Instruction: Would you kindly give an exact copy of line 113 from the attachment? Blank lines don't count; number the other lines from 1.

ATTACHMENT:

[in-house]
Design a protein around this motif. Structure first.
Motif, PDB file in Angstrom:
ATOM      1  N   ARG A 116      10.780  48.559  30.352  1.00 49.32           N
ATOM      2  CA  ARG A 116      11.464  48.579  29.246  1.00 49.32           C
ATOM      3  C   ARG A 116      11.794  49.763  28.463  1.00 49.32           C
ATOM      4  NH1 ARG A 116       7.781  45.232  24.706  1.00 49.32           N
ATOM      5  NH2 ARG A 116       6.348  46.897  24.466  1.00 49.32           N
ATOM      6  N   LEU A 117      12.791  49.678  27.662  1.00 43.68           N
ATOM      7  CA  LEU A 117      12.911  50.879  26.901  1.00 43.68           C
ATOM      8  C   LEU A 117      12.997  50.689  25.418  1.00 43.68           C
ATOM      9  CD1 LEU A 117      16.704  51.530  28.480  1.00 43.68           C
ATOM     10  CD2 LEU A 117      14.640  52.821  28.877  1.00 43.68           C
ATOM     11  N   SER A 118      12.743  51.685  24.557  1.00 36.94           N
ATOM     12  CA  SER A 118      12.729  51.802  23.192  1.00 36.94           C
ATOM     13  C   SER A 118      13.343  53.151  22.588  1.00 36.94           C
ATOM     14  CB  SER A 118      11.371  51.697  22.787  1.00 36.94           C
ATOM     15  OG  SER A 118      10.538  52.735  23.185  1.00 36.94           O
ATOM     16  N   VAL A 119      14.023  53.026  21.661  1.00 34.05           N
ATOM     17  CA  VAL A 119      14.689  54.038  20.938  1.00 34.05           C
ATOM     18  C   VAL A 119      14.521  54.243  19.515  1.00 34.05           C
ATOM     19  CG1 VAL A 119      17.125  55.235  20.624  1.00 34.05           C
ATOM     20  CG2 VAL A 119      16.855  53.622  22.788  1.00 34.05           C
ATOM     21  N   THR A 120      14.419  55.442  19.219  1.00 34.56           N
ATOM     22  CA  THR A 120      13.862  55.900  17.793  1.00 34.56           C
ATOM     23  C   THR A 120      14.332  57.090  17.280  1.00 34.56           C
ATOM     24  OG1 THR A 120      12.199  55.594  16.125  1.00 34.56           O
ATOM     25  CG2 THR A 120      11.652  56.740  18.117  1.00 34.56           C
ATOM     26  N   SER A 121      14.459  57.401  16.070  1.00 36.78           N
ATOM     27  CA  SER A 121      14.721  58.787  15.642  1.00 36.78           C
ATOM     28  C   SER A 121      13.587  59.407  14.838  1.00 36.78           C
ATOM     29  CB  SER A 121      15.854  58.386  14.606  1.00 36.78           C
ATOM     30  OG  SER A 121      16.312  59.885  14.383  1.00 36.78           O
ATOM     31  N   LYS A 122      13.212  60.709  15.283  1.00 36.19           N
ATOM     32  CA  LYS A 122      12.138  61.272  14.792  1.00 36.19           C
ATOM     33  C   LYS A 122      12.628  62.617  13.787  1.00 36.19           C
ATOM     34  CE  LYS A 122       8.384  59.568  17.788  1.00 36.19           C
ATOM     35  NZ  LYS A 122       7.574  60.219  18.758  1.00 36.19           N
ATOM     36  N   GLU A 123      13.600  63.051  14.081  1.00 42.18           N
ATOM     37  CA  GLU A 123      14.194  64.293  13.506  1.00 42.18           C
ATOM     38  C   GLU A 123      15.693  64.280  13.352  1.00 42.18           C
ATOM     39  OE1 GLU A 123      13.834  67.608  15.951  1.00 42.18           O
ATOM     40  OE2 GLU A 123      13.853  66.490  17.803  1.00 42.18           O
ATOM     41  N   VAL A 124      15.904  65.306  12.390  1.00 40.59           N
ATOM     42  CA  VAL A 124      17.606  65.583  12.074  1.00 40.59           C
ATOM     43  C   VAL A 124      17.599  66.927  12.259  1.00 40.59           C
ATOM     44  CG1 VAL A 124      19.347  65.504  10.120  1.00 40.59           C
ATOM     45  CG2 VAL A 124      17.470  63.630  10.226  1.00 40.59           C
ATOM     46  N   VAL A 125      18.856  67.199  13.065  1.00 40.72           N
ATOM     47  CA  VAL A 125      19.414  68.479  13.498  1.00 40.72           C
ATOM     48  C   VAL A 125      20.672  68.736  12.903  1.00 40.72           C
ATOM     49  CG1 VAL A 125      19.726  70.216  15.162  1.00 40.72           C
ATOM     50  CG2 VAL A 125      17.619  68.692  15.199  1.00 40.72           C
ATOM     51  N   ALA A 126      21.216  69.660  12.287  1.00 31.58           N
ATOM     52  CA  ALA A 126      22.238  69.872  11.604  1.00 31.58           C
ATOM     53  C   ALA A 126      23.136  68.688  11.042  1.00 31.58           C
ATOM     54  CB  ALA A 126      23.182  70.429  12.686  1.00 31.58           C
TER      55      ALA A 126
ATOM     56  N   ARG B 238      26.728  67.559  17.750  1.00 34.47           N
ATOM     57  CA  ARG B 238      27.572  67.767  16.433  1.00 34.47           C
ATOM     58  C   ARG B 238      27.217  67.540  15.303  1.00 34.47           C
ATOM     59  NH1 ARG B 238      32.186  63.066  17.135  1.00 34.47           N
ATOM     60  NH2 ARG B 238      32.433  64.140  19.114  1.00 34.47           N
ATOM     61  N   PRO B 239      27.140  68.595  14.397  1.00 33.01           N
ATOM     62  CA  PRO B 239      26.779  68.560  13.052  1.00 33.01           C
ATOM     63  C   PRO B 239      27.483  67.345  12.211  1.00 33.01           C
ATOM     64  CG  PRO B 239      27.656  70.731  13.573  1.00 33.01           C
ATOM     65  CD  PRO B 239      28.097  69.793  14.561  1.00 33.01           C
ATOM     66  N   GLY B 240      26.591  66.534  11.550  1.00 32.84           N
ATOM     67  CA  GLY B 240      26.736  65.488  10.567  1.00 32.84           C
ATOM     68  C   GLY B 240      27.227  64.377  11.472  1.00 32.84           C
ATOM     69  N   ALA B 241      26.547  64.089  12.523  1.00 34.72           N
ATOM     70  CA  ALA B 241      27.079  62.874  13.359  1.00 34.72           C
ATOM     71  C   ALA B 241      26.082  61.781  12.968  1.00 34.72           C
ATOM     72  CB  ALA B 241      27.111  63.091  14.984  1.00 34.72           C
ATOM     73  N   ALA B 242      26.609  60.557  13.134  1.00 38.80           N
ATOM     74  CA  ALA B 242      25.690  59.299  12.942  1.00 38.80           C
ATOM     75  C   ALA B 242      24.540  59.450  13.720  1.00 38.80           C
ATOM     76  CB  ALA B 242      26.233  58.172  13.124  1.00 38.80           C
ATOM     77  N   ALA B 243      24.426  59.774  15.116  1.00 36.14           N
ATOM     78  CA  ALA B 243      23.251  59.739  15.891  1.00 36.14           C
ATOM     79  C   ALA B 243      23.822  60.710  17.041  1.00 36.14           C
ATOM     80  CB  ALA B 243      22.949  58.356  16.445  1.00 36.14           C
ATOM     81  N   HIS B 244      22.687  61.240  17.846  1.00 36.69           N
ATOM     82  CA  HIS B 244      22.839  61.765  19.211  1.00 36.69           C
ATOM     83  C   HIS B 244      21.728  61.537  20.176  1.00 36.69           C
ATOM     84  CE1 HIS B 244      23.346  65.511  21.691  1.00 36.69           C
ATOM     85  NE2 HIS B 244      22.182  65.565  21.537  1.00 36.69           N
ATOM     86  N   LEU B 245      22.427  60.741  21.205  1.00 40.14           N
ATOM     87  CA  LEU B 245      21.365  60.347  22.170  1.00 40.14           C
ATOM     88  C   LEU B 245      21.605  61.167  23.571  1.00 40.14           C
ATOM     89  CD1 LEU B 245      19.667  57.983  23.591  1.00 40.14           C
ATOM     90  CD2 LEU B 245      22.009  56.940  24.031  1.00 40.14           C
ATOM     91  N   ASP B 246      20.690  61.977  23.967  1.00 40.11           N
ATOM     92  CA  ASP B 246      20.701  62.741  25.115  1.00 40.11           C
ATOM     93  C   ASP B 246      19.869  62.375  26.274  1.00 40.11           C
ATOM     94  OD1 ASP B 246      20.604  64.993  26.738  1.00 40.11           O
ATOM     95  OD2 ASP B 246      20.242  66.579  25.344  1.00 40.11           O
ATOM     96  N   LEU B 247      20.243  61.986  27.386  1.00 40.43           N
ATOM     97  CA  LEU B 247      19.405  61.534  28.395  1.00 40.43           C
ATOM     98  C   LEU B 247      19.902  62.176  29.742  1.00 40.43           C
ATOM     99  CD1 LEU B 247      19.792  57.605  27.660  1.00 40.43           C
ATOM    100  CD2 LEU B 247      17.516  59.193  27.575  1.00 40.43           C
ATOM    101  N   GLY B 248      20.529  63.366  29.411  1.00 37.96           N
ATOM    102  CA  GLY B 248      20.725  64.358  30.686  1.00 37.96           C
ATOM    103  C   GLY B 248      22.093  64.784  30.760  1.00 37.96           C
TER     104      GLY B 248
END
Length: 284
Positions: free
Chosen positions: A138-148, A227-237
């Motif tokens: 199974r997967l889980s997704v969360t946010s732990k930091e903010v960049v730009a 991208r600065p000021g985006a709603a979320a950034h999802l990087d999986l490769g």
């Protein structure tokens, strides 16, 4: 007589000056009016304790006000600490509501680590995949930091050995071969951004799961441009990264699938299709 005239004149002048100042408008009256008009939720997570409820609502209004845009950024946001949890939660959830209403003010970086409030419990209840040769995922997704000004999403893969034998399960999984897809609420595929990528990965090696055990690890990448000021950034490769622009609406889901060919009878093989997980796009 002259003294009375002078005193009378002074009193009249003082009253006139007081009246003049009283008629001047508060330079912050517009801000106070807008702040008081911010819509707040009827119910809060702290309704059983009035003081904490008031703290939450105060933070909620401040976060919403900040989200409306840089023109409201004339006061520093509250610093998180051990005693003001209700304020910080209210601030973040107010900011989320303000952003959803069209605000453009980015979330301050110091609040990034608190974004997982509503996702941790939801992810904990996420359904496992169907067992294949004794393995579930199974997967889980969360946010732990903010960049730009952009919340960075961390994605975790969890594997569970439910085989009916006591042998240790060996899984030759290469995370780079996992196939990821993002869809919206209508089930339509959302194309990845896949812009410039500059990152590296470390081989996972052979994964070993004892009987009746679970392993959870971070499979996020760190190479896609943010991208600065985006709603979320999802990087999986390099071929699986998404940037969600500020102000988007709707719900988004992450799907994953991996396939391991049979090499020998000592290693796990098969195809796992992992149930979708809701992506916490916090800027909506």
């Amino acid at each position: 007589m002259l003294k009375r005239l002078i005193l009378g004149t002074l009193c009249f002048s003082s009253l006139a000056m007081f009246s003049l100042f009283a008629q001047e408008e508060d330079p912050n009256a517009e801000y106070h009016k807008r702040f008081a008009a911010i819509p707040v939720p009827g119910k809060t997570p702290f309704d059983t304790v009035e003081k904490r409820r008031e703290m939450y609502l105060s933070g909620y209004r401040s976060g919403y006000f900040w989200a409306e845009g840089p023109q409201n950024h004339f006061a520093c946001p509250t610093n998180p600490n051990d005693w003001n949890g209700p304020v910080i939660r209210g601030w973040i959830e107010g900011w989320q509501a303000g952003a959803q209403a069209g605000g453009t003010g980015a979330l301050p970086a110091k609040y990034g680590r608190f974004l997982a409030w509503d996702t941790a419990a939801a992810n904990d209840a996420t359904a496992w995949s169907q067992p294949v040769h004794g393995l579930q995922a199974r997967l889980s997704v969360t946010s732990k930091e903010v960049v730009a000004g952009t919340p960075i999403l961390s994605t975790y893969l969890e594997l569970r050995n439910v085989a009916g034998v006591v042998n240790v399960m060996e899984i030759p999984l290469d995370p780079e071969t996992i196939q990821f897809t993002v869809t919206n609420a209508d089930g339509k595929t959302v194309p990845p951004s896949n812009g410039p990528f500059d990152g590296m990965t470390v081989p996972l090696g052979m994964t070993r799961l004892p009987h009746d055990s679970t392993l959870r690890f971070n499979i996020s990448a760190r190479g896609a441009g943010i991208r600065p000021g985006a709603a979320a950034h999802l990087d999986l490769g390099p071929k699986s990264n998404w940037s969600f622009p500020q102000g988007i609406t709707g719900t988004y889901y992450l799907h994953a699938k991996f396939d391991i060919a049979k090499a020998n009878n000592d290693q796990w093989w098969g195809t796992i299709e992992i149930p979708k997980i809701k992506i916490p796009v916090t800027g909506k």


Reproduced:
């Protein structure tokens, strides 16, 4: 007589000056009016304790006000600490509501680590995949930091050995071969951004799961441009990264699938299709 005239004149002048100042408008009256008009939720997570409820609502209004845009950024946001949890939660959830209403003010970086409030419990209840040769995922997704000004999403893969034998399960999984897809609420595929990528990965090696055990690890990448000021950034490769622009609406889901060919009878093989997980796009 002259003294009375002078005193009378002074009193009249003082009253006139007081009246003049009283008629001047508060330079912050517009801000106070807008702040008081911010819509707040009827119910809060702290309704059983009035003081904490008031703290939450105060933070909620401040976060919403900040989200409306840089023109409201004339006061520093509250610093998180051990005693003001209700304020910080209210601030973040107010900011989320303000952003959803069209605000453009980015979330301050110091609040990034608190974004997982509503996702941790939801992810904990996420359904496992169907067992294949004794393995579930199974997967889980969360946010732990903010960049730009952009919340960075961390994605975790969890594997569970439910085989009916006591042998240790060996899984030759290469995370780079996992196939990821993002869809919206209508089930339509959302194309990845896949812009410039500059990152590296470390081989996972052979994964070993004892009987009746679970392993959870971070499979996020760190190479896609943010991208600065985006709603979320999802990087999986390099071929699986998404940037969600500020102000988007709707719900988004992450799907994953991996396939391991049979090499020998000592290693796990098969195809796992992992149930979708809701992506916490916090800027909506």